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You searched for id:"oai:etd.ohiolink.edu:ucin1490353579610849". One record found.

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1. McCabe, Matthew D. A Novel Method of High-Intensity Low-Volume Exercise for Improving Health-Related Fitness and its Implications for Weight Management among College Students.

Degree: PhD, Education, Criminal Justice, and Human Services: Health Education, 2017, University of Cincinnati

Study One Abstract: High-intensity low-volume exercise training (HILVET) has been shown to improve health-related outcomes while reducing the time required to exercise. However, the effects of HILVET while incorporating a weight-supported kinetic chain resistance training (WSKCRT) modality are unknown. The purpose of this pilot study was to evaluate the impact of a novel high-intensity low-volume WSKCRT program on health-related fitness through measurements of maximal oxygen consumption (VO2 max), muscular strength, muscular endurance, body mass index (BMI), waist circumference (WC), body fat percentage (BF%), and lower body flexibility. Six recreationally active undergraduate college students completed high-intensity low-volume WSKCRT three days per week for six weeks. Participants performed 4-9 intervals of WSKCRT, for 30 seconds at 90% of heart rate reserve (HRR) followed by 60 seconds of treadmill exercise at 40% of HRR. Significant improvements in BF% (23.1 ± 8.7 to 20.3 ± 7.6%; p = 0.004) and muscular strength (504.9 ± 223.01 to 596.2 ± 206.1 kg; p = 0.0001) were observed from baseline. Changes in VO2 max, muscular endurance score, and WC failed to reach statistical significance. There were no changes in BMI or lower body flexibility. These results indicate the potential efficacy of HILVET, using WSKCRT, for college students seeking to improve their health. Future research is warranted to determine if HILVET, utilizing a novel WSKCRT modality, is comparable to nationally recommended exercise guidelines. Study Two Abstract: High-intensity low-volume exercise training (HILVET) has been shown to be a time efficient method for improving measures associated with being overweight or obesity. However, the impact of HILVET using a novel standing weight-supported kinetic chain resistance training (WSKCRT) modality on these measures is unknown. The purpose of this pilot study was to examine the impact of HILVET utilizing a novel WSKCRT modality on factors related to long-term weight management through measurements of resting metabolic rate (RMR), fat-free body mass, thigh muscle volume, thigh muscle cross-sectional area, fat mass, body fat percentage (BF%), and central adiposity. Six recreationally active undergraduate college students completed high-intensity low-volume WSKCRT on the FinisherTM three days per week for six weeks. Participants performed 4-9 intervals of upper body exercise, on the FinisherTM, for 30 seconds at 90% of heart rate reserve (HRR) followed by 60 seconds of treadmill exercise at 40% of HRR. Significant improvements were observed for thigh muscle cross-sectional area (169.2 ± 37.1 to 185.4 ± 35.4 cm2; p = 0.003) and BF% (23.1 ± 8.7 to 20.3 ± 7.6%; p = 0.004). Changes in RMR, fat-mass, fat-free mass, and central adiposity failed to reach statistical significance. There were no changes in thigh muscle volume. These results indicate the potential efficacy of HILVET, using the FinisherTM, among college students, as a good tool for managing body weight. Future research is needed to determine if… Advisors/Committee Members: Wilson, Bradley (Committee Chair).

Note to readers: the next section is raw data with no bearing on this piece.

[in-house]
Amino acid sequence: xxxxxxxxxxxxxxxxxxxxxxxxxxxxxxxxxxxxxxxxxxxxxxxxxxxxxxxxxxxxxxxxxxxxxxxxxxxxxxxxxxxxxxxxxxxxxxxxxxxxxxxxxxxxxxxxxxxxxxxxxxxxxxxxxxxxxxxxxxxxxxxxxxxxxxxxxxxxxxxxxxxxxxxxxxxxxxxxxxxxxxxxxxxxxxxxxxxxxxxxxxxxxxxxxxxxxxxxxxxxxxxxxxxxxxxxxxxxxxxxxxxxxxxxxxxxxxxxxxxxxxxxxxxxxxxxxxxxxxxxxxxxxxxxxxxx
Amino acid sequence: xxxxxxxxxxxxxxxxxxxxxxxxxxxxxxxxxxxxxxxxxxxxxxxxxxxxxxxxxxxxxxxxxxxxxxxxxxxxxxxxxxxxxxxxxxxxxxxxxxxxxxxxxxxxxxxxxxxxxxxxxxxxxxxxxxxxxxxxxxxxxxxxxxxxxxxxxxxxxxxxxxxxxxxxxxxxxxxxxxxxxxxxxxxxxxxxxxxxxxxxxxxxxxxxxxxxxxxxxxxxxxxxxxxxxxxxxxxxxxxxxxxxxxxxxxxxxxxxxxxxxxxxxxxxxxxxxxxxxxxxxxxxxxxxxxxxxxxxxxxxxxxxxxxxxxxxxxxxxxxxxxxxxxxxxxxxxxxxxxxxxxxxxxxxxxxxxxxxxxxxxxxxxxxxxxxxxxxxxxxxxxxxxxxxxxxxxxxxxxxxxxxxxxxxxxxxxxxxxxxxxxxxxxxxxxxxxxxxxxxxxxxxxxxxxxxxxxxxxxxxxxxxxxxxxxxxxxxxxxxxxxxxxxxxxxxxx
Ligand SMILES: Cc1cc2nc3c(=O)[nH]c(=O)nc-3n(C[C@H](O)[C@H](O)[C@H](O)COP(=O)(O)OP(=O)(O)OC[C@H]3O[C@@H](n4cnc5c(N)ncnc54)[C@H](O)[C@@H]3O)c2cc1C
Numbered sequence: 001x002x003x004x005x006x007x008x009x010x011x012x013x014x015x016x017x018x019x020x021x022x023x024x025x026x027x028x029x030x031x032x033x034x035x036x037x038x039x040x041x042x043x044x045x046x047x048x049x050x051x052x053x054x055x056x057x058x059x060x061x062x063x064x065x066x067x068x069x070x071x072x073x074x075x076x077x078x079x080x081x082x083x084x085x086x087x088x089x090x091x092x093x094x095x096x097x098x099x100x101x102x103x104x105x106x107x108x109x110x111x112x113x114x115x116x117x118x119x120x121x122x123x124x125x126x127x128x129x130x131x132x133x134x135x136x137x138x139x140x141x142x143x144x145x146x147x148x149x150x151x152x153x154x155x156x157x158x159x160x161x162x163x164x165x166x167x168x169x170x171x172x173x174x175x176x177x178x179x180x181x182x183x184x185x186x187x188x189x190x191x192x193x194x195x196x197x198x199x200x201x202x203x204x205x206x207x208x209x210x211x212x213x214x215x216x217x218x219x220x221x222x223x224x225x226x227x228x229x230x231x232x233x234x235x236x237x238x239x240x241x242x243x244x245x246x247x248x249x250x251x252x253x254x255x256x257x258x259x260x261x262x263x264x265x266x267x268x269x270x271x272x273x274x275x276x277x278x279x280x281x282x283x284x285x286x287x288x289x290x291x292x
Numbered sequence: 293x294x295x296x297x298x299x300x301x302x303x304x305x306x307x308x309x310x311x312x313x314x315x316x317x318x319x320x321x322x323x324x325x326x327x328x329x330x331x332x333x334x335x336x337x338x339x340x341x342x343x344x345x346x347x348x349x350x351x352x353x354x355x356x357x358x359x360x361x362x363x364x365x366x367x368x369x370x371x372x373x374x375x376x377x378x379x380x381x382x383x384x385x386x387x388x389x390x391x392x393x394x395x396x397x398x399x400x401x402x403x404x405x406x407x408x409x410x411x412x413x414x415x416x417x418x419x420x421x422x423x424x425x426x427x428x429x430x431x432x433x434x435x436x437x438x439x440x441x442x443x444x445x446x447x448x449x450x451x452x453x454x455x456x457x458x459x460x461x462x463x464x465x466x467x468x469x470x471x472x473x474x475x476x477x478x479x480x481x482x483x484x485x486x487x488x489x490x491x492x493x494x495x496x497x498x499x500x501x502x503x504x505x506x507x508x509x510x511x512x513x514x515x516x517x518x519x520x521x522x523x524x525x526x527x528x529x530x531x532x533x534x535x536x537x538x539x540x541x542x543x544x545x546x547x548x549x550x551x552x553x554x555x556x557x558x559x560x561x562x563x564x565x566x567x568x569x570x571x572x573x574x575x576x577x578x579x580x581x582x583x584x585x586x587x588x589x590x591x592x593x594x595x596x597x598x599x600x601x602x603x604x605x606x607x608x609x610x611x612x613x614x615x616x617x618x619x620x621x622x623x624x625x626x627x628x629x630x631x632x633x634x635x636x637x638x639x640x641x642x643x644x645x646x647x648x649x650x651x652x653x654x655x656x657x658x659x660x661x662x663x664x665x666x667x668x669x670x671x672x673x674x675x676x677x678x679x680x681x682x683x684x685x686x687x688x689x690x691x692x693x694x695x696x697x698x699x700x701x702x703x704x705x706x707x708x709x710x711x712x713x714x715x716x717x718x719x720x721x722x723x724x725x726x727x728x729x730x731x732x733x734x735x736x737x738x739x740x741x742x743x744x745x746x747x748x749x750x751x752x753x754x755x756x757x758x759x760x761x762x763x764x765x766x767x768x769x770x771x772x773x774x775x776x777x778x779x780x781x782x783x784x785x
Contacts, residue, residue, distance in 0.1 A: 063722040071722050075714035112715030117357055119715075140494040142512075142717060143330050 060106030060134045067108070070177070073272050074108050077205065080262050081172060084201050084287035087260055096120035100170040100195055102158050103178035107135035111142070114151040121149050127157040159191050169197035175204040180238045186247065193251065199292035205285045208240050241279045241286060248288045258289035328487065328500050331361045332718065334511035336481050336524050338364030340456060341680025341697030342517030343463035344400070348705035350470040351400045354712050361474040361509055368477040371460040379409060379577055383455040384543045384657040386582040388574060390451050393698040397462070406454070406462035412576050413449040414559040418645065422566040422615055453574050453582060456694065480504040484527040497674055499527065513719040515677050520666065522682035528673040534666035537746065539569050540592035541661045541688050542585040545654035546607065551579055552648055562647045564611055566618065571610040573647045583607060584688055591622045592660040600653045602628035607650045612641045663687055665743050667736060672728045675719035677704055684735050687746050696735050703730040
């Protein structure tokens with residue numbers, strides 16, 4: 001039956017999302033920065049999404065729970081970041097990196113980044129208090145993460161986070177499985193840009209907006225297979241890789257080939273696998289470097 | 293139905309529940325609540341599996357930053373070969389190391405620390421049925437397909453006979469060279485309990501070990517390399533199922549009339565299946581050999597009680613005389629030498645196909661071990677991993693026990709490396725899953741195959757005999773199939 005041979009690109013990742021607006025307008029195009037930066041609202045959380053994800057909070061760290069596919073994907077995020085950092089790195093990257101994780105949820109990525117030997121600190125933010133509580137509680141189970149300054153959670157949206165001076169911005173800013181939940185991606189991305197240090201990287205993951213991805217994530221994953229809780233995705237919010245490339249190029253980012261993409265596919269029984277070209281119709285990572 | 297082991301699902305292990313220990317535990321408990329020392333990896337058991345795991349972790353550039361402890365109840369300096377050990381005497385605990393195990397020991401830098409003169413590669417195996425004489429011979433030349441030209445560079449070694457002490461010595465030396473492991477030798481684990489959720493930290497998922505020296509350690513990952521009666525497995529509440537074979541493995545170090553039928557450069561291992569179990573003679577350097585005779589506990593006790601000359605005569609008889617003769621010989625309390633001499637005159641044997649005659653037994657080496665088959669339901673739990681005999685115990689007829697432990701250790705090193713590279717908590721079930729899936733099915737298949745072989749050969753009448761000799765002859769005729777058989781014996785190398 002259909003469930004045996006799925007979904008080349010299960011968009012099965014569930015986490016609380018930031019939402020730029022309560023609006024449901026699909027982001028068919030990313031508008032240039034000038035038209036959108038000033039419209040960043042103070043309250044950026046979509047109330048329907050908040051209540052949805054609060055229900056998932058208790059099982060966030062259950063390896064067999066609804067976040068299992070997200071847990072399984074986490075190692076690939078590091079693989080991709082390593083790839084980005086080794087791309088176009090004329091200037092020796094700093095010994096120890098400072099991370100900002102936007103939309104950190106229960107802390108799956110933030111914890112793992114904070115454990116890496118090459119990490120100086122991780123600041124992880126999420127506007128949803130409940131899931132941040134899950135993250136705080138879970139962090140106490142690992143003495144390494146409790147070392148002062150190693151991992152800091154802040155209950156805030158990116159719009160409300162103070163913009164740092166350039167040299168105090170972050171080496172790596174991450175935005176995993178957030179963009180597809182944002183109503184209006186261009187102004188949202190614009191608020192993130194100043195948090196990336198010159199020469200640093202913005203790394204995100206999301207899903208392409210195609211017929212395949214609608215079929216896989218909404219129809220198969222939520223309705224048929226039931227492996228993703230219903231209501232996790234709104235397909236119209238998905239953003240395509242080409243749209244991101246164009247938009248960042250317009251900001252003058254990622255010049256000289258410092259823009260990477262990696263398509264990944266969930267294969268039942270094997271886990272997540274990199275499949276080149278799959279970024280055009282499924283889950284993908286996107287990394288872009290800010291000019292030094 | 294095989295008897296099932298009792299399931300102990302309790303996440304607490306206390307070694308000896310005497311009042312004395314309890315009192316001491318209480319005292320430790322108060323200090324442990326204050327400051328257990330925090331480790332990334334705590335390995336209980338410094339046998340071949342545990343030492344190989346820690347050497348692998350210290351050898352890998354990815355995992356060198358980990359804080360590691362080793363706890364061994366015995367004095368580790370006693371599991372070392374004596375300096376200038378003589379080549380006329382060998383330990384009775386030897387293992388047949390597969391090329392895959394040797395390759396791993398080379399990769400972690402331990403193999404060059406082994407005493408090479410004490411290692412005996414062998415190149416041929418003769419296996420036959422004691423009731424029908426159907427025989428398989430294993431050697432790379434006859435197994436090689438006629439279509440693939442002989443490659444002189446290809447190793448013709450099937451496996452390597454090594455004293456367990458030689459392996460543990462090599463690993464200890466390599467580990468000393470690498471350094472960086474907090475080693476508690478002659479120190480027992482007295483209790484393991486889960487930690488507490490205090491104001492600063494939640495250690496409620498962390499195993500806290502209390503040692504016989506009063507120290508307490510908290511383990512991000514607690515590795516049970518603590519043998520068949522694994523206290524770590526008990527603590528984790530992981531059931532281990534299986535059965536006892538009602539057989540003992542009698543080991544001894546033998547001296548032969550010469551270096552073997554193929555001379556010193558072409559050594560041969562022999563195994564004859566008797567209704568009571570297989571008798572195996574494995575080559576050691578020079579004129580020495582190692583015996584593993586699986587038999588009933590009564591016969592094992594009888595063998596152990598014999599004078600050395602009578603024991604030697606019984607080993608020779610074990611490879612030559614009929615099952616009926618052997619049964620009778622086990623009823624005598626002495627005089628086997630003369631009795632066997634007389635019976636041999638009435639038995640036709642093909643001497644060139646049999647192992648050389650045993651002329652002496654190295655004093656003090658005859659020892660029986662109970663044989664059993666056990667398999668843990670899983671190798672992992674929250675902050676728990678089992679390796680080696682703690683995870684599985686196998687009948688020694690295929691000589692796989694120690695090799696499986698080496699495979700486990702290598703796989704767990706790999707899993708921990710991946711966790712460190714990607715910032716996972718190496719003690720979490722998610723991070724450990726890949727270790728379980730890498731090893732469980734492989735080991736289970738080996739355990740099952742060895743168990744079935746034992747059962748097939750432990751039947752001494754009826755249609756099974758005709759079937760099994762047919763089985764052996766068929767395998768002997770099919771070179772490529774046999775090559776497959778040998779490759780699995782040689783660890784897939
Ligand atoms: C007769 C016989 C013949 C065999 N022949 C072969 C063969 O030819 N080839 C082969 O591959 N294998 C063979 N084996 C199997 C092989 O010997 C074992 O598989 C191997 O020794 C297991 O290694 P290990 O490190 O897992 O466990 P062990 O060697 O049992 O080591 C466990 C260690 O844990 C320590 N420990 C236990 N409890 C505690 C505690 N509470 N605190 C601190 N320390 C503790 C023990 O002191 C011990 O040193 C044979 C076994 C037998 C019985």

Subjects/Keywords: Health Education; High-Intensity Low-Volume Exercise training; Weight-Supported Kinetic Chain Resistance Training; Health-Related Fitness; Body Fat; Resting Metabolic Rate; Muscle Mass and Strength

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APA (6th Edition):

McCabe, M. D. (2017). A Novel Method of High-Intensity Low-Volume Exercise for Improving Health-Related Fitness and its Implications for Weight Management among College Students. (Doctoral Dissertation). University of Cincinnati. Retrieved from http://rave.ohiolink.edu/etdc/view?acc_num=ucin1490353579610849

Chicago Manual of Style (16th Edition):

McCabe, Matthew D. “A Novel Method of High-Intensity Low-Volume Exercise for Improving Health-Related Fitness and its Implications for Weight Management among College Students.” 2017. Doctoral Dissertation, University of Cincinnati. Accessed September 20, 2017. http://rave.ohiolink.edu/etdc/view?acc_num=ucin1490353579610849.

MLA Handbook (7th Edition):

McCabe, Matthew D. “A Novel Method of High-Intensity Low-Volume Exercise for Improving Health-Related Fitness and its Implications for Weight Management among College Students.” 2017. Web. 20 Sep 2017.

Vancouver:

McCabe MD. A Novel Method of High-Intensity Low-Volume Exercise for Improving Health-Related Fitness and its Implications for Weight Management among College Students. [Internet] [Doctoral dissertation]. University of Cincinnati; 2017. [cited 2017 Sep 20]. Available from: http://rave.ohiolink.edu/etdc/view?acc_num=ucin1490353579610849.

Council of Science Editors:

McCabe MD. A Novel Method of High-Intensity Low-Volume Exercise for Improving Health-Related Fitness and its Implications for Weight Management among College Students. [Doctoral Dissertation]. University of Cincinnati; 2017. Available from: http://rave.ohiolink.edu/etdc/view?acc_num=ucin1490353579610849

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